Why do businesses reward toxic behaviour?
A new study provides insight into why bullies often get a free pass at work.
Sexist. Ignorant. Offensive.
These are just a few ways to describe a toxic personality. On a societal level, we’re taught to reject these qualities but on a corporate level, it’s a different story. We’ve seen evidence of toxic behaviour being ignored or covered up when it’s coming from a person who’s considered to be a “high performer.”
But our collective patience appears to be wearing thin. In 2017, we saw the start of the “Me Too” movement, which resulted in the downfalls of Harvey Weinstein and Fox’s Roger Ailes, two media powerhouses who were once untouchable, despite their misogynistic ways.
But in some organizations, bullies remain in charge.
One could argue that “A-type” personalities, defined as hostile, competitive, and blunt, are necessary in the business world — but emerging studies are challenging that long-held belief. There is an increasing amount of evidence suggesting that supporting minority workers can help a company’s bottom line.
A new study aiming to uncover why some toxic individuals succeed at work reveals that it may be a matter of personality over skill.
In the new paper, titled Personality and Individual Differences, Dr. Mareike Kholin, Bastian Kückelhaus, and Prof. Dr. Gerhard Blickle from the Department of Psychology at the University of Bonn, found that individuals with good social skills are considered more capable by their superiors.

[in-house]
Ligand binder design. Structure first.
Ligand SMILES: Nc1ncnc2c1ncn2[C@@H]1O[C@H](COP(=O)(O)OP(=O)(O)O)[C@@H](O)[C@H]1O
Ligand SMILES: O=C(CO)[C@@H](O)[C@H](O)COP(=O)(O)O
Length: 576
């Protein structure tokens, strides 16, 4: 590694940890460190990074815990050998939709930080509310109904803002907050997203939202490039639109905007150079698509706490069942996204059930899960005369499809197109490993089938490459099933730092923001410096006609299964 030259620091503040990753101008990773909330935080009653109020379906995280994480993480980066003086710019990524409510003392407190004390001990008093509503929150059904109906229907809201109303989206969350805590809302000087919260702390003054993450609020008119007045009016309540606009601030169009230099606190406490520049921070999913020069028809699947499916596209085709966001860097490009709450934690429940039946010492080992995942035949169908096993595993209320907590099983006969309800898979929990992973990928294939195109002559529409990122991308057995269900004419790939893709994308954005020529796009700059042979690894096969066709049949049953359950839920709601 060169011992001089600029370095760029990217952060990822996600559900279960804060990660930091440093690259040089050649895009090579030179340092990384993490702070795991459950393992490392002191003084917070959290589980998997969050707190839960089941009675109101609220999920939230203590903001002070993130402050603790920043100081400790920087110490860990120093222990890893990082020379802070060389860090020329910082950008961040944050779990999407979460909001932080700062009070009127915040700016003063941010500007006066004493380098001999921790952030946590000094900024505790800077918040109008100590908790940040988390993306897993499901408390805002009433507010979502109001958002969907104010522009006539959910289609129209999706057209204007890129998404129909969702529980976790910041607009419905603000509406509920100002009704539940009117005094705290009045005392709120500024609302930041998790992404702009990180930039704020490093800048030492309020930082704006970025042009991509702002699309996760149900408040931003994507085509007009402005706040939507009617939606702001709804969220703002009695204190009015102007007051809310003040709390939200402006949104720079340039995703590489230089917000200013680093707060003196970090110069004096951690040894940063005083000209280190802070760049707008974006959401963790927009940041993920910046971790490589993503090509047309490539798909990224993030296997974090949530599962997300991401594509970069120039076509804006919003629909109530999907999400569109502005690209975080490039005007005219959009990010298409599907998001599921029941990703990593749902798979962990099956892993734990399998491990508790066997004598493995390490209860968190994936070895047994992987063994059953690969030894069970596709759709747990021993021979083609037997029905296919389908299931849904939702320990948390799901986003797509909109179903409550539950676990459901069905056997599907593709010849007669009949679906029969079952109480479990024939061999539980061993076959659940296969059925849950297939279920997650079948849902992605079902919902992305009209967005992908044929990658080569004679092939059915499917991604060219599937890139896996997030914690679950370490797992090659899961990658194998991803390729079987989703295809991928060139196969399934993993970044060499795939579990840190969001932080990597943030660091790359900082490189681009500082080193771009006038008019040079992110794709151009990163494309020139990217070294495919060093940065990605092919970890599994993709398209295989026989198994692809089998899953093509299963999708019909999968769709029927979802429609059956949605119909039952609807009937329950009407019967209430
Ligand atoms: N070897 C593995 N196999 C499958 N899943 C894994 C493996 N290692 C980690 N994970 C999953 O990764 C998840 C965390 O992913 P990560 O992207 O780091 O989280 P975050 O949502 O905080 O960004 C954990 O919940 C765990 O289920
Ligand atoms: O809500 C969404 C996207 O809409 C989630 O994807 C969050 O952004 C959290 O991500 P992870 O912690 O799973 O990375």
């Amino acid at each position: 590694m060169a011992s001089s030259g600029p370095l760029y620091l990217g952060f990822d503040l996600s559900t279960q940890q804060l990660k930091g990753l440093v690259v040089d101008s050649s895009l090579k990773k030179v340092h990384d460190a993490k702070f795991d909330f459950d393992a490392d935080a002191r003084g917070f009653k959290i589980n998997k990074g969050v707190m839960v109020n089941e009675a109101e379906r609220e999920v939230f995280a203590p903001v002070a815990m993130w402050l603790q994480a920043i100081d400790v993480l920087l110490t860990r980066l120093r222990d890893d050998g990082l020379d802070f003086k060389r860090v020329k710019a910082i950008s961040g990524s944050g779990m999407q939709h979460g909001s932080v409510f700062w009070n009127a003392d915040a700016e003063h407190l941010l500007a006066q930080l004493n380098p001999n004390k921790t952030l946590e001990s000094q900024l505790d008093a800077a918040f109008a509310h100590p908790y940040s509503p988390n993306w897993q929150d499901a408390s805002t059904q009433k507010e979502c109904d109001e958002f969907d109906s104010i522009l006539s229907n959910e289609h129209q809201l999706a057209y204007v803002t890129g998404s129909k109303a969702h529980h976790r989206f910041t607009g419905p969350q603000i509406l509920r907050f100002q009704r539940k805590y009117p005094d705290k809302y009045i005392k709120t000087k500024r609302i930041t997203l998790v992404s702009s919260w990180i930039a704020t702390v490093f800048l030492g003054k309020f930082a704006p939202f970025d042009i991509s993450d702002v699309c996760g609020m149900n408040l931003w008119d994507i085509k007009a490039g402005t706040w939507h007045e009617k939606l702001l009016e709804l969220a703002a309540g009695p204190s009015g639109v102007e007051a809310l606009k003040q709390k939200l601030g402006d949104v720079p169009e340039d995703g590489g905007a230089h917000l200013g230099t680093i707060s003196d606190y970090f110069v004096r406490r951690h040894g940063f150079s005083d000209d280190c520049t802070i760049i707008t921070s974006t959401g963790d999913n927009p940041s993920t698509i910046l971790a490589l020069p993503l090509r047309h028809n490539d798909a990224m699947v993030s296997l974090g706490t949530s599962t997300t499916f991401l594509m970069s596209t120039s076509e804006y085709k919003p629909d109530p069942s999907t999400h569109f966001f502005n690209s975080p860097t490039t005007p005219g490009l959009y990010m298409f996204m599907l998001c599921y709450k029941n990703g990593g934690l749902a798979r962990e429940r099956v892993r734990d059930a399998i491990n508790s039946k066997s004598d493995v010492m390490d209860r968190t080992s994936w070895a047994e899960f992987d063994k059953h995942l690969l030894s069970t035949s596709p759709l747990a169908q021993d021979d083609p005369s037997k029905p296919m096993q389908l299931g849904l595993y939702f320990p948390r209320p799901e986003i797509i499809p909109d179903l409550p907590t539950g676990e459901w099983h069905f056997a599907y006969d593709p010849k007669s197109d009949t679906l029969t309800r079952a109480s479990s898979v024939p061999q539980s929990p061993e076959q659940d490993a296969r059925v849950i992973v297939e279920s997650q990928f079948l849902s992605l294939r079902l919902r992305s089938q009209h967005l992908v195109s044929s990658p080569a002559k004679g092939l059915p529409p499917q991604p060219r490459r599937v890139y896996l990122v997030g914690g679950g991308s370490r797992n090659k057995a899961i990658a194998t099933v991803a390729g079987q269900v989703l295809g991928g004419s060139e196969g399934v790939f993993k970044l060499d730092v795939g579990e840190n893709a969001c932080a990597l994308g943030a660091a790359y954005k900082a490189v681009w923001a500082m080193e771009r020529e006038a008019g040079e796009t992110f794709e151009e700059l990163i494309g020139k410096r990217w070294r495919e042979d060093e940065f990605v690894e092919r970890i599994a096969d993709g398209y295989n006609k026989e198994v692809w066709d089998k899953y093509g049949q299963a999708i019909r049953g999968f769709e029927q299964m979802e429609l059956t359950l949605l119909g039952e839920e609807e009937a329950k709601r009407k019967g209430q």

After conducting a series of interviews with several work teams, it was discovered that employees who were given low ratings for honesty and modesty can succeed if they balance those traits with good social skills.
But the authors caution that good social skills can be a “double-edged sword” because they can be used to create a “façade of harmlessness.”
Prof. Blickie says employers can help slow the corporate ascent of people with toxic personalities by paying more attention to an employee’s job performance instead of the way the employee behaves when they’re being watched.
The findings align with other research suggesting that in some companies, personality reigns supreme. A December paper from Harvard Business School and UCLA, for example, found that corporate “schmoozing” and taking smoke breaks with one’s boss can help individuals climb the corporate ladder faster, regardless of their job competence.